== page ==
6

    What our personal ideas are concerning prohibition is of little concern to the law-makers. It is our duty to obey the law and to constrain others to do the same.

    Since July 1, the whiskey glasses, wine bottles, and beer barrels have become dry. This was the result of the 18th Amendment, which went into effect just after the War. ...

    Hungarian
    I B 1, II E 3, II E 2, I H, I J
  • Magyar Tribune -- October 30, 1925
    About Gangsters (Editorial)

    You must go, you must leave!

    You must gather up your belongings and must leave Chicago and the vicinity.

    This was the order which was given by the chief of detectives to all gangsters and gunmen.

    When the chief of detectives issues such orders, they had better be obeyed or else there will be real trouble.

    But this was not the only order issued by the chief of detectives; he also said that the characters of the underworld must leave within three days, but this time limit expired last Thursday. He told the police not to play around much with these gangsters, but should let them taste the sting of bullets if they ran across any of them before the gangsters beat them 2to the act.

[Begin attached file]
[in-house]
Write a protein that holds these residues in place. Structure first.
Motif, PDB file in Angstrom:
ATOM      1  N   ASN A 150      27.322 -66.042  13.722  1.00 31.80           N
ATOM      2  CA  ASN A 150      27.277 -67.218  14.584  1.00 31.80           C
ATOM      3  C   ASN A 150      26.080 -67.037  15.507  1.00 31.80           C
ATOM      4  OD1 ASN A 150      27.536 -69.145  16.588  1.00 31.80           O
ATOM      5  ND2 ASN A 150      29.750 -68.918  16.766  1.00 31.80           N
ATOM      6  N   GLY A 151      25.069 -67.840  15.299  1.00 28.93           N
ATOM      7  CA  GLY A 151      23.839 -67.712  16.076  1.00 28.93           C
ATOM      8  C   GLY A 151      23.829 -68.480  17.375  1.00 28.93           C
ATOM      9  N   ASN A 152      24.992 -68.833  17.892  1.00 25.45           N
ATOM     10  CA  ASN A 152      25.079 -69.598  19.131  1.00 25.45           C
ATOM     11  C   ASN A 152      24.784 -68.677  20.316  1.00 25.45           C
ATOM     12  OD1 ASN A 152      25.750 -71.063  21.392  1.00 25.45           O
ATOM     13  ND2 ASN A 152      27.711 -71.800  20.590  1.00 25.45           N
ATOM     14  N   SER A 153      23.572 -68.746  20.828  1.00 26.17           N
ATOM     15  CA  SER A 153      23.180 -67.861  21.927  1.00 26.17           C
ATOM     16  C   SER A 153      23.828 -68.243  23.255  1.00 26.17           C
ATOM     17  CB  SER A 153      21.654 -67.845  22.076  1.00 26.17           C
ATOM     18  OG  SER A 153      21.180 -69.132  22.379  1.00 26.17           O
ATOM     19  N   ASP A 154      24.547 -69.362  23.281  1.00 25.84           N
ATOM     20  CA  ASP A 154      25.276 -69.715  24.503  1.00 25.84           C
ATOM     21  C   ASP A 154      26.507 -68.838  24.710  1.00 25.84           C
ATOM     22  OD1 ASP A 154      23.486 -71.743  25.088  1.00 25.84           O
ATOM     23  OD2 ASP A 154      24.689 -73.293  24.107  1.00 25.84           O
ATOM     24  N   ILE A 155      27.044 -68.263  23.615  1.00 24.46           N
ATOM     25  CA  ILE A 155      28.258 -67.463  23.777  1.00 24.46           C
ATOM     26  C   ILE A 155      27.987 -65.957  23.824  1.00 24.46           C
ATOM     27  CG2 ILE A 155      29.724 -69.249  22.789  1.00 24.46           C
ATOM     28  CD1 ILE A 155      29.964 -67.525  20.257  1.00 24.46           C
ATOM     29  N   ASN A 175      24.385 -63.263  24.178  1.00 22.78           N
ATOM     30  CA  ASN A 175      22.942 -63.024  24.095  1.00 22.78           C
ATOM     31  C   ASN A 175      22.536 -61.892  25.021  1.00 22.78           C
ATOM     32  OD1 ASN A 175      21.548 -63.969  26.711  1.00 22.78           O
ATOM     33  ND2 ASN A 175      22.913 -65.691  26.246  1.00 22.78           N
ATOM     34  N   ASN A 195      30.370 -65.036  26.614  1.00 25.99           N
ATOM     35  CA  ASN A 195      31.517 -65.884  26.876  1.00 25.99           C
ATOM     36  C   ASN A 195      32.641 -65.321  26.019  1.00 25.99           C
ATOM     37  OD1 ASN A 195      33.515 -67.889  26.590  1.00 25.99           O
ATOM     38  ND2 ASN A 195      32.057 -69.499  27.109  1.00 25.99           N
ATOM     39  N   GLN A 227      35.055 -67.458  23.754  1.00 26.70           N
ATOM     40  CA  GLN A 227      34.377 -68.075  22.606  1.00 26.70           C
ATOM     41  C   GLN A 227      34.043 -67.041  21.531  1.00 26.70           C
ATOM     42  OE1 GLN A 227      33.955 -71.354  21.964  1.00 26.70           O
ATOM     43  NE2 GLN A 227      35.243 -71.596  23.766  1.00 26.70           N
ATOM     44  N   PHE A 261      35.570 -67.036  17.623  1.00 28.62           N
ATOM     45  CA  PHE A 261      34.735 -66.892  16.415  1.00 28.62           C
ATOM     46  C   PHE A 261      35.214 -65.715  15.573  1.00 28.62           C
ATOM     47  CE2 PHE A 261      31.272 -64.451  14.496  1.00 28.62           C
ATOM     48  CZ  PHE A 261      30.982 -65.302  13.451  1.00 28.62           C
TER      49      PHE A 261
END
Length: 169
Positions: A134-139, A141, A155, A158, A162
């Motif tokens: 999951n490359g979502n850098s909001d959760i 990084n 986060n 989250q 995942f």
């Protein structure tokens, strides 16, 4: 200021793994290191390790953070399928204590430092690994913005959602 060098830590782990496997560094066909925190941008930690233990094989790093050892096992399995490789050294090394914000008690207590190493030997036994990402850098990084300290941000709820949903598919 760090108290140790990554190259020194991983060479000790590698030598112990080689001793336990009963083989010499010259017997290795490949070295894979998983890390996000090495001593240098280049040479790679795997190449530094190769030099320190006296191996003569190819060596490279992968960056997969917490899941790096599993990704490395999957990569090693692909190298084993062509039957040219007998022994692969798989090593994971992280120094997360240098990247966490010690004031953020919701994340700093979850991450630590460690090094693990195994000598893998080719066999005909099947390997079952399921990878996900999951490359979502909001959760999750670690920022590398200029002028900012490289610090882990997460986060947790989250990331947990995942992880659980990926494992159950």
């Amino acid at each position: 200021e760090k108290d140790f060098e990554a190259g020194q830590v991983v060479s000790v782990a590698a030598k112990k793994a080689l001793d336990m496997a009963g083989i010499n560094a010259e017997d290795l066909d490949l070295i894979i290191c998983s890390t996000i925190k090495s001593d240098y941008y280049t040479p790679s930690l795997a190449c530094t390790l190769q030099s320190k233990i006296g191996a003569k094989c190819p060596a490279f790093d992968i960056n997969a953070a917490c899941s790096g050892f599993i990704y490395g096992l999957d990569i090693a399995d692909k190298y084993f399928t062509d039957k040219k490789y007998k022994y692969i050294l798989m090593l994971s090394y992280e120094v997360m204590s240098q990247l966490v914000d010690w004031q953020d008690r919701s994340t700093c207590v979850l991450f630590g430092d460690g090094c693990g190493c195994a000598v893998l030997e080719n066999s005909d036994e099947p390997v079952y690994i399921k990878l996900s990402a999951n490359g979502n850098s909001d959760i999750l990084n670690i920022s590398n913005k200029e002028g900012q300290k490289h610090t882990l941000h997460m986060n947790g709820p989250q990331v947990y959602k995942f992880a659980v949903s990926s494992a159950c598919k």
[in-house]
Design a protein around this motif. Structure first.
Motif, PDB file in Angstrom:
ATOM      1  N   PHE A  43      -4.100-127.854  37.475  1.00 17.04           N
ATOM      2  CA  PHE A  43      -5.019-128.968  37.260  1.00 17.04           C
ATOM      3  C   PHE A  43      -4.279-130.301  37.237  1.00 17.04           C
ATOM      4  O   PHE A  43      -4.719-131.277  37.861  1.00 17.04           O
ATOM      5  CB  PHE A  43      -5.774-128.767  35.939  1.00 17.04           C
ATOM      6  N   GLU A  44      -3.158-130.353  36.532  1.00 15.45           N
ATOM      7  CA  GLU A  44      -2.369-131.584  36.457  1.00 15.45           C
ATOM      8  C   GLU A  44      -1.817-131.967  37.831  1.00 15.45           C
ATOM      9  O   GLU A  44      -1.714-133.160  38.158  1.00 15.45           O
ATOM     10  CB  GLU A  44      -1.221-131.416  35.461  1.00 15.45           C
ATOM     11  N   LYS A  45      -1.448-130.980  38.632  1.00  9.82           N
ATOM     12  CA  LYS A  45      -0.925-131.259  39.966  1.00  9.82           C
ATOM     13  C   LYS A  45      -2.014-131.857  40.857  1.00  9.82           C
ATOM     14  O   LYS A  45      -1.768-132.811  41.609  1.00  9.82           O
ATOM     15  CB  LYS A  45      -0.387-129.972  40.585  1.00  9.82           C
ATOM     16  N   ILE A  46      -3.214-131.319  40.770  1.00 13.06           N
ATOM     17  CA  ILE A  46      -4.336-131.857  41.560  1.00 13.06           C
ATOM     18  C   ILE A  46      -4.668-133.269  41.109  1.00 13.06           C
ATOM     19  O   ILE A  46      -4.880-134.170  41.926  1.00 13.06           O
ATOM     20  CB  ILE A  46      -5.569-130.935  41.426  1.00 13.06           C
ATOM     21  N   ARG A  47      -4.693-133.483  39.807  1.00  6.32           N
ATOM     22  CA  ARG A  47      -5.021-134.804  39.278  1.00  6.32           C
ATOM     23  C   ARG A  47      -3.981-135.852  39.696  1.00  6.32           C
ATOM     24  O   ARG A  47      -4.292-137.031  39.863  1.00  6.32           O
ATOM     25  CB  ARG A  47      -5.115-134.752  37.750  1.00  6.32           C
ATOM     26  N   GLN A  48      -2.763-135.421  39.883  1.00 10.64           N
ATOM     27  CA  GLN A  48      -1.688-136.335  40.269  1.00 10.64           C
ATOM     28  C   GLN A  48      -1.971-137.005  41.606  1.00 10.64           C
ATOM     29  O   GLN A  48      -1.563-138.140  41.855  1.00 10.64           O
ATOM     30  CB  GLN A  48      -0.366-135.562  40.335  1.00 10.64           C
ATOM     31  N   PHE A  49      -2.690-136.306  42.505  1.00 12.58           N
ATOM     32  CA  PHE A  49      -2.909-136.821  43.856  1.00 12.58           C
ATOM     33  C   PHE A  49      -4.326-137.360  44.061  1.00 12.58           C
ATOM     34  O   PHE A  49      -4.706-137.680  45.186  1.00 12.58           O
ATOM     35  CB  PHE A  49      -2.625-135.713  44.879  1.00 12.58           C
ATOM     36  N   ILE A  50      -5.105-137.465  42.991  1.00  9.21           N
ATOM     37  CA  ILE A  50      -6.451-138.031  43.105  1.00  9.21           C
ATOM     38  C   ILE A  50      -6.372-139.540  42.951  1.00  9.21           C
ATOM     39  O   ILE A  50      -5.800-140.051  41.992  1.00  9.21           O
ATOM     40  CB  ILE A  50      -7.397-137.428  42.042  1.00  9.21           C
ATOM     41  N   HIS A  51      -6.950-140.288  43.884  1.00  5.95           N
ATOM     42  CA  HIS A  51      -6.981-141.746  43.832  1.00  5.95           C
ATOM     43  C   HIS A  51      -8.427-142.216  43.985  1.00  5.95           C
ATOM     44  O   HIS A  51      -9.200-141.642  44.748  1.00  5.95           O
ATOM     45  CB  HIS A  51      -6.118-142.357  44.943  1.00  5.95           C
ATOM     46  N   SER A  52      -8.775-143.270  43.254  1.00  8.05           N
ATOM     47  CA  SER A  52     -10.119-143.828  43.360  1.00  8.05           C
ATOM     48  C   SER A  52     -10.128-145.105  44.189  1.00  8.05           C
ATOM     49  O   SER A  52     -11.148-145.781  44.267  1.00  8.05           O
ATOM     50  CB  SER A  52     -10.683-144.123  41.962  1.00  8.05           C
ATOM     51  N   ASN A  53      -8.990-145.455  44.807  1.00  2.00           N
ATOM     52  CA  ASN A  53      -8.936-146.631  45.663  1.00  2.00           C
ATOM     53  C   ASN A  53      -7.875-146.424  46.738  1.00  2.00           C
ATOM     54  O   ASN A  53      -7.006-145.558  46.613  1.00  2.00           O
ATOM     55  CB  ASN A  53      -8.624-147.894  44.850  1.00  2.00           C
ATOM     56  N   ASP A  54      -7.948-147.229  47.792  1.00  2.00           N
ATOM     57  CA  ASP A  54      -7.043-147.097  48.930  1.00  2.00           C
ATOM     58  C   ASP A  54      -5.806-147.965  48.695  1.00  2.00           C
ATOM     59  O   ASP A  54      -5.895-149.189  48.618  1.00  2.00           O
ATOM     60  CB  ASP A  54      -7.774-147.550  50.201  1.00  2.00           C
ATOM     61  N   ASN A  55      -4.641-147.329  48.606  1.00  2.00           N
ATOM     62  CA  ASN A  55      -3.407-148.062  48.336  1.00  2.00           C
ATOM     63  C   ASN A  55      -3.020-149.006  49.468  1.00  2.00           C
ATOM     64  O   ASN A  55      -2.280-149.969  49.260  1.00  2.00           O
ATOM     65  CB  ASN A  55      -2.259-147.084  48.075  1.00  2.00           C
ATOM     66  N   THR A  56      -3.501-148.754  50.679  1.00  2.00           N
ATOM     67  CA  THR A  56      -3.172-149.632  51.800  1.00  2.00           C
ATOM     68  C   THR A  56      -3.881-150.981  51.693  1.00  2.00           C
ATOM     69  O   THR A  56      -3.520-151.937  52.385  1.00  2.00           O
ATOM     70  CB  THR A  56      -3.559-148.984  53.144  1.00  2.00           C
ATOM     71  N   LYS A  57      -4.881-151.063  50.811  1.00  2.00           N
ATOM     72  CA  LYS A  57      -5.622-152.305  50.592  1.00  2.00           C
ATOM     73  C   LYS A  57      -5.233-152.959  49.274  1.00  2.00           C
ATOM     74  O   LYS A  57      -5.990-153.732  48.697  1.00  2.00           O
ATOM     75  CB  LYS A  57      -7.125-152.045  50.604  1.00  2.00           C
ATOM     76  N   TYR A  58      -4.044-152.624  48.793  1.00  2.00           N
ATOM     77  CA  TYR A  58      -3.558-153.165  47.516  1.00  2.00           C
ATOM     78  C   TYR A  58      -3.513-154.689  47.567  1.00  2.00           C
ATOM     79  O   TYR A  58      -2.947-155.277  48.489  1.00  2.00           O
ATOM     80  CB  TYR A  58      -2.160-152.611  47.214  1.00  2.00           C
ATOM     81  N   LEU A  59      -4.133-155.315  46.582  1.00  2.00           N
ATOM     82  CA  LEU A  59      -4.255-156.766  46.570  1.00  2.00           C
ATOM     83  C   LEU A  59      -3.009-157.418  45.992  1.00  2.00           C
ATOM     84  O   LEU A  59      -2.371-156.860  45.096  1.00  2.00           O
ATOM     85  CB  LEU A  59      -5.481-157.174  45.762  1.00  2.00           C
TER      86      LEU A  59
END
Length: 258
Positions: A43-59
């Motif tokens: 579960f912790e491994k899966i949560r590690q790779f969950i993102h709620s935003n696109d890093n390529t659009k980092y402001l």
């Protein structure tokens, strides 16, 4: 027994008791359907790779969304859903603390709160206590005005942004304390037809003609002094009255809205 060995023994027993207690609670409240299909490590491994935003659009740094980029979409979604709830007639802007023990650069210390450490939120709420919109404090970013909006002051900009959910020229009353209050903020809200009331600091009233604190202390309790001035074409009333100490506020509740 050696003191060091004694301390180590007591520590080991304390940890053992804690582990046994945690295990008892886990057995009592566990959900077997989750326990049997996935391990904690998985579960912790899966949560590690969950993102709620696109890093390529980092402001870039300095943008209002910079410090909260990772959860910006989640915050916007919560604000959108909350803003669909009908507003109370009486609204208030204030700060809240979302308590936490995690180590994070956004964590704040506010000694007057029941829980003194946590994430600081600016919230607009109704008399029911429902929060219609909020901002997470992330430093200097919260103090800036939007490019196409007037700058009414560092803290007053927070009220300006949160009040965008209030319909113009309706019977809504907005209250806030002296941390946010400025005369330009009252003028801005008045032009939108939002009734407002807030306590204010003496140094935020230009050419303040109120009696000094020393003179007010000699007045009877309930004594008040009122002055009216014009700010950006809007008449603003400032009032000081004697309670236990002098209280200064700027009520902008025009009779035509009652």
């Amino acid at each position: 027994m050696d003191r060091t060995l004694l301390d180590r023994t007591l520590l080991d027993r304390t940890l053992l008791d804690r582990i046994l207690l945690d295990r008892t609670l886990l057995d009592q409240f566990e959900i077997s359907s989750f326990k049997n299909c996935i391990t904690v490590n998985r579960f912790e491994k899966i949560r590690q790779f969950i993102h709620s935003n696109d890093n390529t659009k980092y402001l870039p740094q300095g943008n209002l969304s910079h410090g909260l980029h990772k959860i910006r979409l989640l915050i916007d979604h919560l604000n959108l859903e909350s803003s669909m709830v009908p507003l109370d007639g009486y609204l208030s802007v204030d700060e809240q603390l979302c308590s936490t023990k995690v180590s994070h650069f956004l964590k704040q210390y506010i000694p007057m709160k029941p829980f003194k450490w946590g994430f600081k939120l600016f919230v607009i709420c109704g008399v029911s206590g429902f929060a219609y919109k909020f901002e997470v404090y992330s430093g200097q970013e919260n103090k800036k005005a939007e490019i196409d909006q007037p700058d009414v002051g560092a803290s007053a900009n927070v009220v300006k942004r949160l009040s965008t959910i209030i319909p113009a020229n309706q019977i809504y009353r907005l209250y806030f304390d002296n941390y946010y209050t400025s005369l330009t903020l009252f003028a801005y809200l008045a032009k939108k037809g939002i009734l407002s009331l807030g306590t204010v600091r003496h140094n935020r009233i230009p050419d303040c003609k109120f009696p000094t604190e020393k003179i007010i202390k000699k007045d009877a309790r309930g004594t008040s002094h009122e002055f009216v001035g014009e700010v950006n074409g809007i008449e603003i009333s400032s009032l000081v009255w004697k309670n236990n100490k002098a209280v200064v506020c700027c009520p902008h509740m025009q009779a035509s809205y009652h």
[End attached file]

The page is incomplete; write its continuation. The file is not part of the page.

In this last part of the order there is logic, because it is better for society to be rid of a bandit who is unnecessary, than [to be rid of]the police who are necessary to society.

    The first part of the order, that the gangsters shall leave the city within three days, does not seem to mean anything.

    It is unnecessary to state that every resident of the city of Chicago would be overwhelmingly happy if a pleasant day came along and all the gangsters would leave.

    But will this ever happen?

    We wonder whether those warriors of the underworld will pay any attention to the orders of the chief of detectives?

    Perhaps there are a few people who believe that this order issued by the 3chief will rid the city of all the gunmen and gangsters.

    As far as the gunmen of the city are concerned, this order does not mean so much as a serious thought.

    We can't imagine the leaders of the underworld being scared by this order, after they have had the people of the city half scared out of their wits for such a long time.

    These gangsters are so used to such orders by now, that they don't pay any attention to them any more. These orders are just orders and they do not mean much to them. They do what they want regardless of orders, and they do not pay attention to the police.

    We are fully satisfied that there wasn't a single gangster or bandit who packed and left the city in accordance with the orders issued.